It was another book in the package, though, that changed my world. "Tales of Mystery and Terror" by Edgar Allan Poe, a collection of four short stories -- "The Tell-Tale Heart," "The Cask of Amontillado," "The Fall of the House of Usher" and "The Gold Bug."

Saturday, February 22, 2014

Review: "The Golem and the Jinni" by Helene Wecker



In some ways, Chava and Ahmad, the main characters in Helene Wecker’s “The Golem and the Jinni” ($15.99, Harper Perennial), are not all that different from the thousands of immigrants that surround them in turn-of-the-century New York. As the title tells us, though, they’re far from the average immigrant.

Chava is a golem, a woman made of clay. She traveled to New York from Poland with her would-be husband, a ne’er-do-well merchant who, unable and unwilling to find a real-world woman, enlisted the help of a disgraced rabbi who doesn’t mind meddling in the dark arts for the right price. Unlike most golems, which are little more than mindless slaves, Chava’s master wanted her to have intelligence and curiosity. She was packed away on a ship to be awakened when they arrived in New York. Unable to wait, her master awakens her on the voyage, then dies, leaving her rudderless, a babe in a new world.

Thursday, February 06, 2014

Memory Lane: "The Guns of Avalon," by Roger Zelazny

I began my second visit to Roger Zelazny's world of Amber with the intent to finish last year since the books are all fairly small, quick reads. Best laid plans and all that.

Finally, though, I cracked the cover on the second in the series, "The Guns of Avalon."

Prince Corwin of Amber has mostly recovered from his imprisonment at the hands of his brother Eric, and after his escape, his attention turns to revenge and reclaiming the throne, which he believes rightfully belongs to him. To do that, he must travel through shadow to Avalon, where he can get his hands on a secret that might allow him to do the previously unthinkable -- bring guns to Amber.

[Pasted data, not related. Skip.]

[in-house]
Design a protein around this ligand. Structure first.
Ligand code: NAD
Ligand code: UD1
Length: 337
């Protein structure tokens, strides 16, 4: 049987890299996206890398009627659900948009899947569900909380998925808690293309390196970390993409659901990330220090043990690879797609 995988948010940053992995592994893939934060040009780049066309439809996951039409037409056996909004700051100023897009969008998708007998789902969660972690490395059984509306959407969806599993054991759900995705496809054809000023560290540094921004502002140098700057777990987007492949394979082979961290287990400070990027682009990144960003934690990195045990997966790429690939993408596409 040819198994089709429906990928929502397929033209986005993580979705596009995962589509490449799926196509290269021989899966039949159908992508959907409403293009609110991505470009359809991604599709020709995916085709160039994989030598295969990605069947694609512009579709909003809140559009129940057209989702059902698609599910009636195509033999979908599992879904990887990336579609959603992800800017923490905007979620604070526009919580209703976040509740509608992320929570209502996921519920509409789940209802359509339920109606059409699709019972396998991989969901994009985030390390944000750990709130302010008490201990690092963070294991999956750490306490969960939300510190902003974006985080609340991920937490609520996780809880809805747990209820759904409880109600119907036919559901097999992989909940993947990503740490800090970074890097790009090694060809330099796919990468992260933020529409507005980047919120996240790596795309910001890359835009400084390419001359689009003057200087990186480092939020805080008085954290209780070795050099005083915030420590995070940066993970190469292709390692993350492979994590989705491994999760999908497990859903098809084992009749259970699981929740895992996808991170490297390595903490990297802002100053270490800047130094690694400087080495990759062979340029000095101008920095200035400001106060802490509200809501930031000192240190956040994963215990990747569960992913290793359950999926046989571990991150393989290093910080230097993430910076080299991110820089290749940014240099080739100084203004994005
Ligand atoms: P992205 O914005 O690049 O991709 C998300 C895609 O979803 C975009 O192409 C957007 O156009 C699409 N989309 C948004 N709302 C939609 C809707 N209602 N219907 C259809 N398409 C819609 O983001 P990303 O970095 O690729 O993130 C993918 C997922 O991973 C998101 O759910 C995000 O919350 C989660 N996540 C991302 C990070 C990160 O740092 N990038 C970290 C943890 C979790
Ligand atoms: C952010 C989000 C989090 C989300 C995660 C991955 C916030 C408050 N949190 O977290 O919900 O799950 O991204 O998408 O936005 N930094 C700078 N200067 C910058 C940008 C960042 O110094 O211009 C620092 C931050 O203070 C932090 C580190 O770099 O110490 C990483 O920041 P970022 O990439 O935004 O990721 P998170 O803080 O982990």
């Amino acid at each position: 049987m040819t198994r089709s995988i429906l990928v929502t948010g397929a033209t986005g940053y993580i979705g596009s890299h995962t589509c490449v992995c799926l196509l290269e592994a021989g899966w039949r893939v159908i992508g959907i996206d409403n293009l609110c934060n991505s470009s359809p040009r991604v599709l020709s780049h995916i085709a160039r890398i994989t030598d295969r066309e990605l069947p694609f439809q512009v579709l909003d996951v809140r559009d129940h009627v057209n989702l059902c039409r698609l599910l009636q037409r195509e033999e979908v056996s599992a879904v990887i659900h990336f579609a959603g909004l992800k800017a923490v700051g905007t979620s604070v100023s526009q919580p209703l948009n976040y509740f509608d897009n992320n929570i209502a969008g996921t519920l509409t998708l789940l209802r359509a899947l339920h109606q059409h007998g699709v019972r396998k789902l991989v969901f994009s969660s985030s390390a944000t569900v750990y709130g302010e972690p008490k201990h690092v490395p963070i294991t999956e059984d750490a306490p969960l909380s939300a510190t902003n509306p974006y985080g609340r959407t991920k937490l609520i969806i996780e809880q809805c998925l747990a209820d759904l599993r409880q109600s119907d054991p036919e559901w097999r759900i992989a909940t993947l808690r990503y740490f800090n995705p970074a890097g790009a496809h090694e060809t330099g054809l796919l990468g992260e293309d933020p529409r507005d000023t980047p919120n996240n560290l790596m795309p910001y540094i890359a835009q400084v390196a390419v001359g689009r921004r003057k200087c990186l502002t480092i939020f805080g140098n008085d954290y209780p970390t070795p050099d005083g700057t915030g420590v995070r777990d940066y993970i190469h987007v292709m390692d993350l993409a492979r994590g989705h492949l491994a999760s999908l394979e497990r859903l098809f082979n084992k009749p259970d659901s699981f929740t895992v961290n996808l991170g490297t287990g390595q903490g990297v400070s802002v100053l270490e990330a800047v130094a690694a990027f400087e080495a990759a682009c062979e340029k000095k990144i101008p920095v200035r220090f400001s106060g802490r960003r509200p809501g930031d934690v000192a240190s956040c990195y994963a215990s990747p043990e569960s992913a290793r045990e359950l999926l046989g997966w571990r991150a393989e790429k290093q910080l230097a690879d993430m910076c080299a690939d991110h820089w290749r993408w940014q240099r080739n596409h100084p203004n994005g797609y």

But more trouble is brewing in Amber than Corwin's escape and plot.

Saturday, February 01, 2014

Review: "The Emperor's Blades" by Brian Staveley

So I finally cracked the cover on my first book that was actually published in 2014, and I made a good choice to start with Brian Staveley's "The Emperor's Blades" ($27.99, Tor).
Sanlitun, the emperor of Annur, has three children set on three very different paths.

The eldest, Kaden, is heir to the Unhewn Throne and the strange, fiery eyes that mark the line of the rulers of Annur. Kaden finds himself in a remote mountain monastery, learning cryptic lessons from the monks in residence -- lessons that he doesn't yet understand the purpose of and doesn't see how they will make him a better emperor.

Kaden's younger brother Valyn is sworn to a group of elite warriors called the Kettral. Highly and brutally trained, the Kettral attack in small groups from the wings of the huge birds from which the warriors derive their name. They are the emperor's elite strike force -- the Navy Seals of Staveley's world.